SolSmart recognized seven new cities and counties for their work to reduce the soft cost barriers that limit solar market growth. Soft costs, or non-hardware investments like attaining proper permits to install solar arrays and connect them to the grid, now represent up to two-thirds of the cost of an installed residential system. SolSmart is a campaign supported by the Department of Energy’s SunShot Initiative to reduce such barriers.
“Technological advances are making renewable energy resources more affordable and local governments around the world are paying attention,” said David Grossman, director of global programs at the International City/County Management Association (ICMA). ICMA leads the program. “Through this designation program, cities and counties across the U.S. are demonstrating their commitment to installing clean energy systems in their pursuit of sustainable communities.”
The SolSmart team awarded participating communities with points based on how each cuts the red-tape of installing rooftop solar. The points determine each community’s designation as a gold, silver or bronze SolSmart community. Communities can then add to their point total to move up to gold tier status in future. Since SolSmart’s inception, 36 communities in 18 states have received SolSmart designations. Each participating community received no-cost technical assistance to help achieve the designation.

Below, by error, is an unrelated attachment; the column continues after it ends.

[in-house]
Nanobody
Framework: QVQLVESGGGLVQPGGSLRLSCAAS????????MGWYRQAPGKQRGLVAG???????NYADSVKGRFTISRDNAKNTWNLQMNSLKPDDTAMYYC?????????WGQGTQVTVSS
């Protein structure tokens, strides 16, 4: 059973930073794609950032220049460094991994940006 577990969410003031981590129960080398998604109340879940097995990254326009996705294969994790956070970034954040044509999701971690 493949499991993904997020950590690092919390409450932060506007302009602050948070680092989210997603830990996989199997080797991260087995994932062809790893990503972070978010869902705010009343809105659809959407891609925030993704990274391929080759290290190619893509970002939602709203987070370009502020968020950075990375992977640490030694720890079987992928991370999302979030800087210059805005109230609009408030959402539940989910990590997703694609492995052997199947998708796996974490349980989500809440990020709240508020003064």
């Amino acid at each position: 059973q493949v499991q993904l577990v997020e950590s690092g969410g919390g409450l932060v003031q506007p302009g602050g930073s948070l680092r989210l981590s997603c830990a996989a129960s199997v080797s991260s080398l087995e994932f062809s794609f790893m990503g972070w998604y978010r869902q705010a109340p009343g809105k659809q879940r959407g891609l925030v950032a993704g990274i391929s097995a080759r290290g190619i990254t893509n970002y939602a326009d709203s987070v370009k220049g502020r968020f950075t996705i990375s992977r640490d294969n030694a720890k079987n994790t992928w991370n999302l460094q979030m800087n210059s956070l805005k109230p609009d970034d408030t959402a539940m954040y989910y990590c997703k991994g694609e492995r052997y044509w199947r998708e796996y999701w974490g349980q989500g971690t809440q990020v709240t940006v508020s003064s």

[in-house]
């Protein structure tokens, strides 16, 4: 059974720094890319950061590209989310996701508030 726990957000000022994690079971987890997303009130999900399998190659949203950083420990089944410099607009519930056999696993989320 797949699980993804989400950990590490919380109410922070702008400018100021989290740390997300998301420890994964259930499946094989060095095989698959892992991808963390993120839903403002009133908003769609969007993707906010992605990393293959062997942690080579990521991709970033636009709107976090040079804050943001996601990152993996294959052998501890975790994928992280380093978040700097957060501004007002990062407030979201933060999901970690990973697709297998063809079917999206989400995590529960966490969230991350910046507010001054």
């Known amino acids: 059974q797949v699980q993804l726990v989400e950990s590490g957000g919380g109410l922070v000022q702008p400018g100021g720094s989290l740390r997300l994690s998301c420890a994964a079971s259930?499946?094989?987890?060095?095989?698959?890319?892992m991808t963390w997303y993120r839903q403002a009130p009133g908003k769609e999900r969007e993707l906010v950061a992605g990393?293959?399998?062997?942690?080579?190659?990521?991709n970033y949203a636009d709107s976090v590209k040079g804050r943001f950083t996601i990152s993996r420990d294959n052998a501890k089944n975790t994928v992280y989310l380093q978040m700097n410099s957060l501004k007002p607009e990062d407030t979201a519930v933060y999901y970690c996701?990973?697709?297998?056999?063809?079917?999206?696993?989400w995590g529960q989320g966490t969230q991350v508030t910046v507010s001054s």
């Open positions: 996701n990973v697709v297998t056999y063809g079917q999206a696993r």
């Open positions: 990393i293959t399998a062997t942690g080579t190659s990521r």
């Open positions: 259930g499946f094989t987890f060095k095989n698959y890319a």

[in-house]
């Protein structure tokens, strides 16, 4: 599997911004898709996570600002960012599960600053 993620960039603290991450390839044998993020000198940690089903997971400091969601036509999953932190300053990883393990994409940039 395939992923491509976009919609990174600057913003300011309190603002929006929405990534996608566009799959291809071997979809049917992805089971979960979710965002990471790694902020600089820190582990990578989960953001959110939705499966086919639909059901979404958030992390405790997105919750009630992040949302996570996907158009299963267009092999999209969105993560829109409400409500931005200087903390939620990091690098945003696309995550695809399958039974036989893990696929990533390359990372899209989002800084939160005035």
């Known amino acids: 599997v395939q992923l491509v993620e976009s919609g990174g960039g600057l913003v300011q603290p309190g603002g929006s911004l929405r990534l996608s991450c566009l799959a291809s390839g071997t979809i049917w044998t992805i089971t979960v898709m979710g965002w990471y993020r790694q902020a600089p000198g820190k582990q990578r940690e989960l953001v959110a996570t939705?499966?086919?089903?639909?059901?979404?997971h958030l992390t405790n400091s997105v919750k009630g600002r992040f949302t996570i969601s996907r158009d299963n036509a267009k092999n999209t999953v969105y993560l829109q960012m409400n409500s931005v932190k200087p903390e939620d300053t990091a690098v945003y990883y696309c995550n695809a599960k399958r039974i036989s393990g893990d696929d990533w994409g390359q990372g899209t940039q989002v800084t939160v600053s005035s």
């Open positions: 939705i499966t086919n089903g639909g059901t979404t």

This year, Louisville, KY, and New York City were recognized as gold SolarSmart cities for the first time. The program also recognized five communities as bronze SolSmart communities for the first time. They were from Maricopa County, AZ; Moab, Utah; Plano, Texas; Salt Lake City, Utah and Summit County, Utah. Other communities improved their status as SolSmart communities. Denver moved from silver to gold, while Charleston County, SC, and Pinecrest, FL, moved up to SolSmart Silver.
“The SolSmart Gold designation recognizes that New York City is a great place for solar companies to do business,” said David Buckner, president of Solar Energy Systems. “When we entered the city’s solar PV market in 2002, we identified plenty of barriers, including unruly regulations, high system costs, and a lack of customer awareness. We have worked with the City University of New York (CUNY) and other installers and advocacy groups over the years to identify and erase many of the hurdles related to permitting, interconnection, and customer uptake. Today, New York City is one of the largest, most advanced solar markets in the country.”Tweet